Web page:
8. Minnikin DE, Kremer L, Dover LG, Besra GS (2002) The methyl-branched fortifications of Mycobacterium tuberculosis. Chem Biol 9:545–553

    PubMed  CrossRef  CAS  Google Scholar 

  9. Onwueme KC, Vos CJ, Zurita J, Ferreras JA, Quadri LE (2005) The dimycocerosate ester polyketide virulence factors of mycobacteria. Prog Lipid Res 44:259–302

    PubMed  CrossRef  CAS  Google Scholar 

  10. Jain M et al (2007) Lipidomics reveals control of Mycobacterium tuberculosis virulence lipids via metabolic coupling. Proc Natl Acad Sci U S A 104:5133–5138

    PubMed  CrossRef  CAS  Google Scholar 

  11. Savvi S et al (2008) Functional characterization of a vitamin B12-dependent methylmalonyl pathway in Mycobacterium tuberculosis: implications for propionate metabolism during growth on fatty acids. J Bacteriol 190:3886–3895

    PubMed  CrossRef  CAS  Google Scholar 

  12. Pandey AK, Sassetti CM (2008) Mycobacterial persistence requires the utilization of host cholesterol. Proc Natl Acad Sci U S A 105:4376–4380

    PubMed  CrossRef  CAS  Google Scholar 

  13. Ouellet H et al (2010) Mycobacterium tuberculosis CYP125A1, a steroid C27 monooxygenase that detoxifies intracellularly generated cholest-4-en-3-one. Mol Microbiol 77:730–742

    PubMed  CrossRef  CAS  Google Scholar 

  14. Yang X et al (2009) Cholesterol metabolism increases the metabolic pool of propionate in Mycobacterium tuberculosis. Biochemistry 48:3819–3821

    PubMed  CrossRef  CAS  Google Scholar 

  15. Sassetti CM, Rubin EJ (2003) Genetic requirements for mycobacterial survival during infection. Proc Natl Acad Sci U S A 100:12989–12994

    PubMed  CrossRef  CAS  Google Scholar 

  16. Sassetti CM, Boyd DH, Rubin EJ (2003) Genes required for mycobacterial growth defined by high density mutagenesis. Mol Microbiol 48:77–84

    PubMed  CrossRef  CAS  Google Scholar 

  17. Holsclaw CM et al (2008) Structural characterization of a novel sulfated menaquinone produced by stf3 from Mycobacterium tuberculosis. ACS Chem Biol 3:619–624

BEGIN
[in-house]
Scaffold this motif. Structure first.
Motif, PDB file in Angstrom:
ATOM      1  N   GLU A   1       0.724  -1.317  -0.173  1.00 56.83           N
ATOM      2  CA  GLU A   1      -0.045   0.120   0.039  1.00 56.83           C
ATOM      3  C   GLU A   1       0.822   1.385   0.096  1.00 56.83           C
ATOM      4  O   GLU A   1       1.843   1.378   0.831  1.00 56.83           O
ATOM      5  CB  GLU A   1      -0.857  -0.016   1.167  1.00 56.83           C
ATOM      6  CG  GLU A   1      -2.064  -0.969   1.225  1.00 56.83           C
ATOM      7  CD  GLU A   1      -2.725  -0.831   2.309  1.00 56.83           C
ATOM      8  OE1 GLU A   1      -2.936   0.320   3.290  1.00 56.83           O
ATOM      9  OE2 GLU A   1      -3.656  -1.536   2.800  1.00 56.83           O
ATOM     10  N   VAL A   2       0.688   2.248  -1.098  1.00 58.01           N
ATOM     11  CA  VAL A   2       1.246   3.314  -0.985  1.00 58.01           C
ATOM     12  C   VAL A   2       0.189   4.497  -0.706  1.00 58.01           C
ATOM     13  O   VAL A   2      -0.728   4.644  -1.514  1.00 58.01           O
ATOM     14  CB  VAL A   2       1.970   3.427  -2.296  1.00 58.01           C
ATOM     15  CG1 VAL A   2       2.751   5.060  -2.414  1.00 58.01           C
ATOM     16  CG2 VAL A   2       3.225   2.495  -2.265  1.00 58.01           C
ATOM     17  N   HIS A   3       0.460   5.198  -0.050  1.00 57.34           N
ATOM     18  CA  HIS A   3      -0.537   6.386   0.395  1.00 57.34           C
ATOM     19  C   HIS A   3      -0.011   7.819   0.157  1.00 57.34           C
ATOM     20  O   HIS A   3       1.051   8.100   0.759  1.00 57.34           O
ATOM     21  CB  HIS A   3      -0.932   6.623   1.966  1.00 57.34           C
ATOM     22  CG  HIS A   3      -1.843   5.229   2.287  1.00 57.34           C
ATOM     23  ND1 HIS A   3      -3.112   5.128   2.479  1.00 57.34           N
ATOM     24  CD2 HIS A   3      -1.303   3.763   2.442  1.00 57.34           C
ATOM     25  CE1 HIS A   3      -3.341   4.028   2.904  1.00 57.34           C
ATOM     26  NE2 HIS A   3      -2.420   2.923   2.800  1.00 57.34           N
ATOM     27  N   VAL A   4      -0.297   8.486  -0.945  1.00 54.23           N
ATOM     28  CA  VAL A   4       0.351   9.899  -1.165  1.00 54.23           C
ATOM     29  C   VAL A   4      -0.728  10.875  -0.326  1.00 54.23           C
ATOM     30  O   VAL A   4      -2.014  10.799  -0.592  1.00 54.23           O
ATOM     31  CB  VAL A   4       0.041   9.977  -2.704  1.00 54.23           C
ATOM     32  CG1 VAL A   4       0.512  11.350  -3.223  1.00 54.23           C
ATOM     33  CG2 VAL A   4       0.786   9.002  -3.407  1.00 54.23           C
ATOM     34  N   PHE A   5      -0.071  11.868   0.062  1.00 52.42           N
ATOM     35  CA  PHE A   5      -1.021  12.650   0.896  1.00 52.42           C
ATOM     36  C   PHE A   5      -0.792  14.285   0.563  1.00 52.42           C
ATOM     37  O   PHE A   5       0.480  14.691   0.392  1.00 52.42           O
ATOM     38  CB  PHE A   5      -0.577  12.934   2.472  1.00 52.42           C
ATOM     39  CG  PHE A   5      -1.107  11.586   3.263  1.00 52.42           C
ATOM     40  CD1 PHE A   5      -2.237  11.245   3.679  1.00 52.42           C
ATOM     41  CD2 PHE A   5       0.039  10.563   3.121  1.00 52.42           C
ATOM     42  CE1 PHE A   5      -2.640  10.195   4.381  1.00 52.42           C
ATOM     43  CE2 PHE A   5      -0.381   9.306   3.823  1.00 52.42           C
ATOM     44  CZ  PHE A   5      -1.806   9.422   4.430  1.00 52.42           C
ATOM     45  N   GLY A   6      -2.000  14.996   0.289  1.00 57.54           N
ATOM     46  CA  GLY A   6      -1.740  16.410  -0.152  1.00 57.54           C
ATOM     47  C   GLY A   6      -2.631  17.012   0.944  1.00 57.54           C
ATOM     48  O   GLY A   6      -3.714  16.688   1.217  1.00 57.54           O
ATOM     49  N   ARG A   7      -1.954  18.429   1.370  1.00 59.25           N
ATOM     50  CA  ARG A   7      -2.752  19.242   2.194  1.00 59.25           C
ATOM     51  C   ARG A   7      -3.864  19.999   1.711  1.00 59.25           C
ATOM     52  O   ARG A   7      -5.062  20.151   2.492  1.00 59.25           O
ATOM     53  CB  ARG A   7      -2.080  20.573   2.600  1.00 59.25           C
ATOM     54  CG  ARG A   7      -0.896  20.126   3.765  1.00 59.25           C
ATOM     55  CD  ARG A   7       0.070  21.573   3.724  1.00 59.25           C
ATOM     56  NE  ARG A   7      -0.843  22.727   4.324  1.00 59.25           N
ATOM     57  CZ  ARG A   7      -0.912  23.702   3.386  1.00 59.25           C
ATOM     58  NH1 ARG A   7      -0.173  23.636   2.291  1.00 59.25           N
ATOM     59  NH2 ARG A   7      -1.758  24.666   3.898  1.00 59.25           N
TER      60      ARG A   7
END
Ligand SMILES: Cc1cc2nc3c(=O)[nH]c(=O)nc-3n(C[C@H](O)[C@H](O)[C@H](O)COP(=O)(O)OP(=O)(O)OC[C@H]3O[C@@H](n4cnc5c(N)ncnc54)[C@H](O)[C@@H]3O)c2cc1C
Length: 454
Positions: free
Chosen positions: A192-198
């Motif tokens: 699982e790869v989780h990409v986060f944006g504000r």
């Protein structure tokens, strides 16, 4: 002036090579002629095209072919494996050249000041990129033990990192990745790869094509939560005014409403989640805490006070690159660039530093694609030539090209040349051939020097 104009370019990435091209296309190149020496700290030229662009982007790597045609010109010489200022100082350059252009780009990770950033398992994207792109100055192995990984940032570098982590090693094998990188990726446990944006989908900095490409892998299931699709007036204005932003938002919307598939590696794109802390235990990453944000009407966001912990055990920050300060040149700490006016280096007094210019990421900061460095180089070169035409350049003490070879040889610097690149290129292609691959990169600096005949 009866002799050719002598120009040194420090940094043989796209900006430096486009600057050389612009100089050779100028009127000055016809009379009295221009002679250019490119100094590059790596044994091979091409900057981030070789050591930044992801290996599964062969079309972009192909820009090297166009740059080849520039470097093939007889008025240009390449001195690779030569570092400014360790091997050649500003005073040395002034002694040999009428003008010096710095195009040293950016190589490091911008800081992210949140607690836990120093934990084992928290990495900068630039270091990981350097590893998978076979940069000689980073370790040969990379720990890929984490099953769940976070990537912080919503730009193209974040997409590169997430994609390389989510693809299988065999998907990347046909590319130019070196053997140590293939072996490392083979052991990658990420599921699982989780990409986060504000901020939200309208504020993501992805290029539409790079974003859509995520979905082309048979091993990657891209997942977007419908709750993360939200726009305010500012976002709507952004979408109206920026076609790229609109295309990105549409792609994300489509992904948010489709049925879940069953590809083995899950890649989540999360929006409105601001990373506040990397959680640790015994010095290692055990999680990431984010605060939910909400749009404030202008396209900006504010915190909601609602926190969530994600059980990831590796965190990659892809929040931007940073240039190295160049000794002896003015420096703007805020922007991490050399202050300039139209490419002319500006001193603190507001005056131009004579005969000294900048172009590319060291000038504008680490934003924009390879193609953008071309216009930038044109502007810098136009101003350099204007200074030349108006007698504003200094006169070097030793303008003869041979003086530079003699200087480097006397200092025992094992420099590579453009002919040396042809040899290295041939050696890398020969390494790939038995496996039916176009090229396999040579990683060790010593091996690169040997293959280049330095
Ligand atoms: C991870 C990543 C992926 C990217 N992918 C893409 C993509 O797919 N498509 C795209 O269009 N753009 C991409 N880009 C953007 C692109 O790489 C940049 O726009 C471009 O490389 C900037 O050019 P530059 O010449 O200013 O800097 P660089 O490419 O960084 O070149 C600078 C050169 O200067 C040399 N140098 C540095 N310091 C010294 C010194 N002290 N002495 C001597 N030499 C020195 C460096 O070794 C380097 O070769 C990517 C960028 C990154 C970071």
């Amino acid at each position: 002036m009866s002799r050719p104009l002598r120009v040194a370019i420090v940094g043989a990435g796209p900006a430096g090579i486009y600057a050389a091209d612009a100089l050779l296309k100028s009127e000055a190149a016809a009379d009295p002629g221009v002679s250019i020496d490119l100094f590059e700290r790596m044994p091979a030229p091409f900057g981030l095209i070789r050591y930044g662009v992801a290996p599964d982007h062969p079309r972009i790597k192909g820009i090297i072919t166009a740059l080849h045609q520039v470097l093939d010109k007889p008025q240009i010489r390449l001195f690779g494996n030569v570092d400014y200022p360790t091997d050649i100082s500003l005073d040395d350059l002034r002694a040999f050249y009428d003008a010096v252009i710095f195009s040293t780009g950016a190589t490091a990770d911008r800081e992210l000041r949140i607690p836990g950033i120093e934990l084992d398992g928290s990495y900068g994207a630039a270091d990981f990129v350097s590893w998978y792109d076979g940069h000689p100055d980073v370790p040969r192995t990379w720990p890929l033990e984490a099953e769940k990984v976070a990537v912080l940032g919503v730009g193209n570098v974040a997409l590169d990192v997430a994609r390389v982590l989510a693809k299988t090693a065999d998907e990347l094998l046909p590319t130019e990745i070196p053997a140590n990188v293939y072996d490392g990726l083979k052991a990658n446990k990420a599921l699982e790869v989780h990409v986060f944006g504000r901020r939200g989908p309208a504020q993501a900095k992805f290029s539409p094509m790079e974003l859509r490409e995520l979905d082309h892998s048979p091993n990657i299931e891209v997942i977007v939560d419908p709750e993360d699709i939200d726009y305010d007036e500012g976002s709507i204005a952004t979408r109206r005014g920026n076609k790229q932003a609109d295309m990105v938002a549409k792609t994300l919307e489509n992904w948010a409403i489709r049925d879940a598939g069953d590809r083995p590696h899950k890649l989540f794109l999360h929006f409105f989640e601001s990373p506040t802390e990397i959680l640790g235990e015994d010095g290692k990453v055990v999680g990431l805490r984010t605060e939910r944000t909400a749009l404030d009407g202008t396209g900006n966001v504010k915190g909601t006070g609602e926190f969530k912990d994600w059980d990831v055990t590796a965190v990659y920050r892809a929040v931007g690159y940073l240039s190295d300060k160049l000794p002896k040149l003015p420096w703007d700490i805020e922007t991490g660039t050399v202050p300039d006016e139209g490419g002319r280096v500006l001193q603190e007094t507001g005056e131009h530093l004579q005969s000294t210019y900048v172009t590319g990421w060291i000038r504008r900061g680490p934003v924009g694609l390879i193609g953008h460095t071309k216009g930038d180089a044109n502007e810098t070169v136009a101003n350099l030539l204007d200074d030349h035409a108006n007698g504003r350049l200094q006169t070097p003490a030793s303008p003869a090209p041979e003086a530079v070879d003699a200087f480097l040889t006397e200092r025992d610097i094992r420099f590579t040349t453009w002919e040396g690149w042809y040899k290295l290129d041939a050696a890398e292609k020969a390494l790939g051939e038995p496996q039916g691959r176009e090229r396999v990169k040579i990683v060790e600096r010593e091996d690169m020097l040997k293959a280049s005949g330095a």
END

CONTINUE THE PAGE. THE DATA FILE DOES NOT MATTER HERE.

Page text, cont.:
PubMed  CrossRef  CAS  Google Scholar 

  18. de Carvalho LP et al (2010) Metabolomics of Mycobacterium tuberculosis reveals compartmentalized co-catabolism of carbon substrates. Chem Biol 17:1122–1131

    PubMed  CrossRef  Google Scholar 

  19. de Carvalho LP et al (2010) Activity-based metabolomic profiling of enzymatic function: identification of Rv1248c as a mycobacterial 2-hydroxy-3-oxoadipate synthase. Chem Biol 17:323–332

    PubMed  CrossRef  Google Scholar 

  20. Bardarov S et al (2002) Specialized transduction: an efficient method for generating marked and unmarked targeted gene disruptions in Mycobacterium tuberculosis, M. bovis BCG and M. smegmatis. Microbiology 148:3007–3017

    PubMed  CAS  Google Scholar 

  21. Shen CF, Hawari J, Kamen A (2004) Micro-quantitation of lipids in serum-free cell culture media: a critical aspect is the minimization of interference from medium components and chemical reagents. J Chromatogr B Analyt Technol Biomed Life Sci 810:119–127

    PubMed  CAS  Google Scholar 

Download references

Acknowledgment

This work was supported by NIH R01 grants AI074824 (to PROM) and AI51667 (to J.S.C.) and NIH NCRR grants RR01614 and RR019934 (to A.L.B).

Author information

Authors and Affiliations

Authors

Editor information

Editors and Affiliations

Rights and permissions

Reprints and Permissions

Copyright information

© 2013 Springer Science+Business Media New York

About this protocol

Cite this protocol

Ouellet, H., Chow, E.D., Guan, S., Cox, J.S., Burlingame, A.L., de Montellano, P.R.O. (2013). Genetic and Mass Spectrometric Tools for Elucidating the Physiological Function(s) of Cytochrome P450 Enzymes from Mycobacterium tuberculosis . In: Phillips, I., Shephard, E., Ortiz de Montellano, P. (eds) Cytochrome P450 Protocols. Methods in Molecular Biology, vol 987. Humana Press, Totowa, NJ. https://doi.org/10.1007/978-1-62703-321-3_7

Download citation

  • DOI: https://doi.org/10.1007/978-1-62703-321-3_7

  • Published:

  • Publisher Name: Humana Press, Totowa, NJ

  • Print ISBN: 978-1-62703-320-6

  • Online ISBN: 978-1-62703-321-3

  • eBook Packages: Springer Protocols